Martin Luther knew the potential power of song. On Thursday evenings he taught theology by singing hymns. A.W. Tozer gave new converts a hymn book and encouraged them to learn the hymns of Watts and Wesley as a means of developing a strong theology (understanding of God). Karl Barth attributes his early theological etraining to his childhood journeys to Bethleham and Golgatha through the words of the hymn writers. Cecil Alexander, a teacher of children, wrote hymns to explain the meaning of The Apostles’ Creed. Her hymn, “All Things Bright and Beautiful” was written to explain the first phrase of the creed: “I believe in God the Father Almighty, Maker of heaven and earth.” To explain a more difficult to understand phrase, “suffered under Pontius Pilate, was crucified, dead and buried” she wrote:
There was no other good enough to pay the price of sin;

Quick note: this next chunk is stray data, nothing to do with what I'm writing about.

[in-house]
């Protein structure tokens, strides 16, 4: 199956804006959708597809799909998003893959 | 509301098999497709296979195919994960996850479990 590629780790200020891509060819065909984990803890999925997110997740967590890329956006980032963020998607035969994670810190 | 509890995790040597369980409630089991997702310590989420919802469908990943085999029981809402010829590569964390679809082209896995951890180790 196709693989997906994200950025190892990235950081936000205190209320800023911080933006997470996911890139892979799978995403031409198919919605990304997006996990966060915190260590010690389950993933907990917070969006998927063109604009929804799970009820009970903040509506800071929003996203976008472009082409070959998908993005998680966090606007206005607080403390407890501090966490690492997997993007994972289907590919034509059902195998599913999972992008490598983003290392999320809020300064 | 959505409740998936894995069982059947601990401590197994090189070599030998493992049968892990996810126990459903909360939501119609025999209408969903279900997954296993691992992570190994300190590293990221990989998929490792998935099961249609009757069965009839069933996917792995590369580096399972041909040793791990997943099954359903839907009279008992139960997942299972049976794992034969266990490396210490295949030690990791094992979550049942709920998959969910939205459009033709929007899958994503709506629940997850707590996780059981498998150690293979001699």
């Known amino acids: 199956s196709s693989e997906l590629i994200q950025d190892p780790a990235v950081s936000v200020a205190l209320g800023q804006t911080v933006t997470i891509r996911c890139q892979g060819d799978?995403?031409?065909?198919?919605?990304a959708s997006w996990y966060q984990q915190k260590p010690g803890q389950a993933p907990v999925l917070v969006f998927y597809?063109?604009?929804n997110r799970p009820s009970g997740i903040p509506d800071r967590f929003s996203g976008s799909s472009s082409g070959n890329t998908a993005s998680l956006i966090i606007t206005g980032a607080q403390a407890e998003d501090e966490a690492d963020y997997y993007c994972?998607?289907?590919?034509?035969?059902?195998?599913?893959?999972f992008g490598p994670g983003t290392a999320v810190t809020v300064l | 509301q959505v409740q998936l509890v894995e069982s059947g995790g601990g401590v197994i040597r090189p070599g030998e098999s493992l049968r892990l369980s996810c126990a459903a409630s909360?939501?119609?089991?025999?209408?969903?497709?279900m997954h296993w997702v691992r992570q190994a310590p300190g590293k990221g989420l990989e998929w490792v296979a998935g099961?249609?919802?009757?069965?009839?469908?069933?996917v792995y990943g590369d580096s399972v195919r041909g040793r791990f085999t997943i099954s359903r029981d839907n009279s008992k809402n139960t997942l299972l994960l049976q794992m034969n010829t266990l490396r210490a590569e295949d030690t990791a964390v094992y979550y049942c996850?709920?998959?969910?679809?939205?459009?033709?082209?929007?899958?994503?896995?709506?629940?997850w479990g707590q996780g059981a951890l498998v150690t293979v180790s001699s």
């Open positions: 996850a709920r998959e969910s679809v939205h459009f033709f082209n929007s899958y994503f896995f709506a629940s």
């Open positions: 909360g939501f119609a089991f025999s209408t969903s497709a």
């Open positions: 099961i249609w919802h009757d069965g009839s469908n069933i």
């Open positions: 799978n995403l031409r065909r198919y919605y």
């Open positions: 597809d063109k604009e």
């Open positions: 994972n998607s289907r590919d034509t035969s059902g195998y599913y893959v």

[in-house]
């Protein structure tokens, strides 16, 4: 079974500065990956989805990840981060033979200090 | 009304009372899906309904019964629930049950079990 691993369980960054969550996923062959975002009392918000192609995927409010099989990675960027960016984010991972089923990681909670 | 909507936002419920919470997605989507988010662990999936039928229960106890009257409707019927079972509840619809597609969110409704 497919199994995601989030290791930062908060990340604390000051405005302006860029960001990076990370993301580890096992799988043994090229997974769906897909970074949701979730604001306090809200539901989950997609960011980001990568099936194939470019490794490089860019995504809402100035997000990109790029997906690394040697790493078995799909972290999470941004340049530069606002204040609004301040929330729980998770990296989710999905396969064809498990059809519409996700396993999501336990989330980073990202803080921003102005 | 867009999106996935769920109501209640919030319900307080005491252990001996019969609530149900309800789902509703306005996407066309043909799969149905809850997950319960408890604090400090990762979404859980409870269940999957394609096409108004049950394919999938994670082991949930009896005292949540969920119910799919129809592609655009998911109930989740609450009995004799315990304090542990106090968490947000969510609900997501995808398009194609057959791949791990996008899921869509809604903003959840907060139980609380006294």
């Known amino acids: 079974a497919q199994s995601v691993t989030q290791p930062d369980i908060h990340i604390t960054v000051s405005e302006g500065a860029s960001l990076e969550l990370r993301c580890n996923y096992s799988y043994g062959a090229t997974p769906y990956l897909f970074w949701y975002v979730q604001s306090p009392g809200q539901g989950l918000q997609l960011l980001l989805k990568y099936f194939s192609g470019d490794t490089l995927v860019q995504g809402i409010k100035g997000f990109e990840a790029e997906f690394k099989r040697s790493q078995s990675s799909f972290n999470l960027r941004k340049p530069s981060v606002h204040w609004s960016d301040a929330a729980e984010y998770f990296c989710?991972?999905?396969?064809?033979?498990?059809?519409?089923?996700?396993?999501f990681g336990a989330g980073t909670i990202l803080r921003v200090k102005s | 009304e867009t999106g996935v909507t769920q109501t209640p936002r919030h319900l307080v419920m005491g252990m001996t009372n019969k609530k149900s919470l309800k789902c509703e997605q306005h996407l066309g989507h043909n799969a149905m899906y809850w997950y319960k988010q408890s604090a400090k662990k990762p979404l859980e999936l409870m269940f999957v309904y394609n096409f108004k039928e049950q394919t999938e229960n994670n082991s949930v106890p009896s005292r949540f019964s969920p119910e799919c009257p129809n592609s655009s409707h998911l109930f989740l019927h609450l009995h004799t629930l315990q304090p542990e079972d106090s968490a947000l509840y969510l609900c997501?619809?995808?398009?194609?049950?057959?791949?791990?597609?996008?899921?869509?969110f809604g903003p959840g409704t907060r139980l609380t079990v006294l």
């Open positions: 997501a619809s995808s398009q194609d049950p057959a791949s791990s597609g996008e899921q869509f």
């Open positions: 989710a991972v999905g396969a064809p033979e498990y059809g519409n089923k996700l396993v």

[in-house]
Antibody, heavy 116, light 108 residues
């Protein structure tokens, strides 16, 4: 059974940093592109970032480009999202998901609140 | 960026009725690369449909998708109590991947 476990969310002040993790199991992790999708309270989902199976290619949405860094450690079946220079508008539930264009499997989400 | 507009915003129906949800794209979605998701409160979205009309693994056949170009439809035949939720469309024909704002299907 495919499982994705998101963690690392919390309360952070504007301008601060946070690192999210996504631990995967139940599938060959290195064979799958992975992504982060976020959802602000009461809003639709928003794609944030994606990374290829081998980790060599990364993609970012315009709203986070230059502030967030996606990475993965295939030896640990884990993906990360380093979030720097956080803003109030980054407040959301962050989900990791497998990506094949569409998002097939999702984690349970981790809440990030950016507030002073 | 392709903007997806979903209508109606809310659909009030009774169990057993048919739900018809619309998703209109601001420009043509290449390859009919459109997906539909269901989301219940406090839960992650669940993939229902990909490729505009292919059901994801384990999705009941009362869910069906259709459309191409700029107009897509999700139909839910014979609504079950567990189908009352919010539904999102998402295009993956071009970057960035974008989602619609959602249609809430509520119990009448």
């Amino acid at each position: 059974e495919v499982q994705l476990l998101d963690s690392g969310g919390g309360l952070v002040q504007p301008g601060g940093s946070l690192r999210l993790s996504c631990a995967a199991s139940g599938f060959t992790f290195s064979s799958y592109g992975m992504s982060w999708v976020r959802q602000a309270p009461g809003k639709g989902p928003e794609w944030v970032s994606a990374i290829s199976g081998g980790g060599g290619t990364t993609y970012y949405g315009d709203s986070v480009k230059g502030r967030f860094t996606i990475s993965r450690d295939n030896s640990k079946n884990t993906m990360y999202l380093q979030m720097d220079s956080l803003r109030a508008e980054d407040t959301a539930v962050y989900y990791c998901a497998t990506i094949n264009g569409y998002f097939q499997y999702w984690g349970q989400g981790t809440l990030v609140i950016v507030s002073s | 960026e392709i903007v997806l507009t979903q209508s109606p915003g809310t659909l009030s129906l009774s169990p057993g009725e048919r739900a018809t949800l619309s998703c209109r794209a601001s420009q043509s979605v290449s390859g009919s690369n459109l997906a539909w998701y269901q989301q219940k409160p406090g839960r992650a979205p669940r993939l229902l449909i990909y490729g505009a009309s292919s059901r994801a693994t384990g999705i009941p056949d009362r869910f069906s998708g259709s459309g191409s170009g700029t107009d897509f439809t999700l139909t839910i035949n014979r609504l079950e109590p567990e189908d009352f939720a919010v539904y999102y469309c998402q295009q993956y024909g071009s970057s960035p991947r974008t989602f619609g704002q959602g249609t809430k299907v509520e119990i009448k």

He only could unlock the gate of heaven and let us in.
For the preceding phrase of the creed, “…was conceived by the Holy Spirit, born of the Virgin Mary” she wrote “Once in Royal David’s City.”
As I was growing up our family sang together a lot. A song that was a regular part of
our repertory was one that Dad and his three sons sang as a quartet:
All that I am or hope to be, O Son of God, I owe to Thee;
For Thou hast bought me I am Thine, and by Thy mercy Thou art mine.
Thy love has sought me, Thy love has bought me, Thy grace has taught me to believe;
And in believing, Thy peace receiving. Now in Thee, only, do I live.
Later in life I realized that these lines of poetry had become an integral part of my
statement of faith. The words that we sing as a child can take on new meaning as we grow older. As a child I sang “O Little Town of Bethlehem” which, at that time, was a song about a beautiful town under starlit sky. Later, these words by Philip Brooks became a favorite because of the hope and promise contained in this hymn. It’s such a delight to have the words of a song or scripture leap off the page as they become real to me.